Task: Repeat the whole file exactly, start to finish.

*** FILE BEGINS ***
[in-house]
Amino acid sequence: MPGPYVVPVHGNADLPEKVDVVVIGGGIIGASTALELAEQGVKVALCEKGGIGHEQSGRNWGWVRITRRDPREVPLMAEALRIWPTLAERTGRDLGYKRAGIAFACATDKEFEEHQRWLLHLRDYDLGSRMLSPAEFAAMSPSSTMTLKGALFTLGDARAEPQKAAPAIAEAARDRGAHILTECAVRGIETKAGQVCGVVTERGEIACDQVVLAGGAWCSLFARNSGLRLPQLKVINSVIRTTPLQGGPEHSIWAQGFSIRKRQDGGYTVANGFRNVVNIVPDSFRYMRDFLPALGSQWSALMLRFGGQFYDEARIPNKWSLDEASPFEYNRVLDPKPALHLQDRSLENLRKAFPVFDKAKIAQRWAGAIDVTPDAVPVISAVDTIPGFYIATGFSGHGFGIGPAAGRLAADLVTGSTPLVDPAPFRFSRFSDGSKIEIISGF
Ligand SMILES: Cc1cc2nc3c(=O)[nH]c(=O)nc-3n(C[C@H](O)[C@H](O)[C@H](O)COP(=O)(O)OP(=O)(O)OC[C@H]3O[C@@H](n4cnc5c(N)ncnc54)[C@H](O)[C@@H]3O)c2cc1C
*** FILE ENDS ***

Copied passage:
[in-house]
Amino acid sequence: MPGPYVVPVHGNADLPEKVDVVVIGGGIIGASTALELAEQGVKVALCEKGGIGHEQSGRNWGWVRITRRDPREVPLMAEALRIWPTLAERTGRDLGYKRAGIAFACATDKEFEEHQRWLLHLRDYDLGSRMLSPAEFAAMSPSSTMTLKGALFTLGDARAEPQKAAPAIAEAARDRGAHILTECAVRGIETKAGQVCGVVTERGEIACDQVVLAGGAWCSLFARNSGLRLPQLKVINSVIRTTPLQGGPEHSIWAQGFSIRKRQDGGYTVANGFRNVVNIVPDSFRYMRDFLPALGSQWSALMLRFGGQFYDEARIPNKWSLDEASPFEYNRVLDPKPALHLQDRSLENLRKAFPVFDKAKIAQRWAGAIDVTPDAVPVISAVDTIPGFYIATGFSGHGFGIGPAAGRLAADLVTGSTPLVDPAPFRFSRFSDGSKIEIISGF
Ligand SMILES: Cc1cc2nc3c(=O)[nH]c(=O)nc-3n(C[C@H](O)[C@H](O)[C@H](O)COP(=O)(O)OP(=O)(O)OC[C@H]3O[C@@H](n4cnc5c(N)ncnc54)[C@H](O)[C@@H]3O)c2cc1C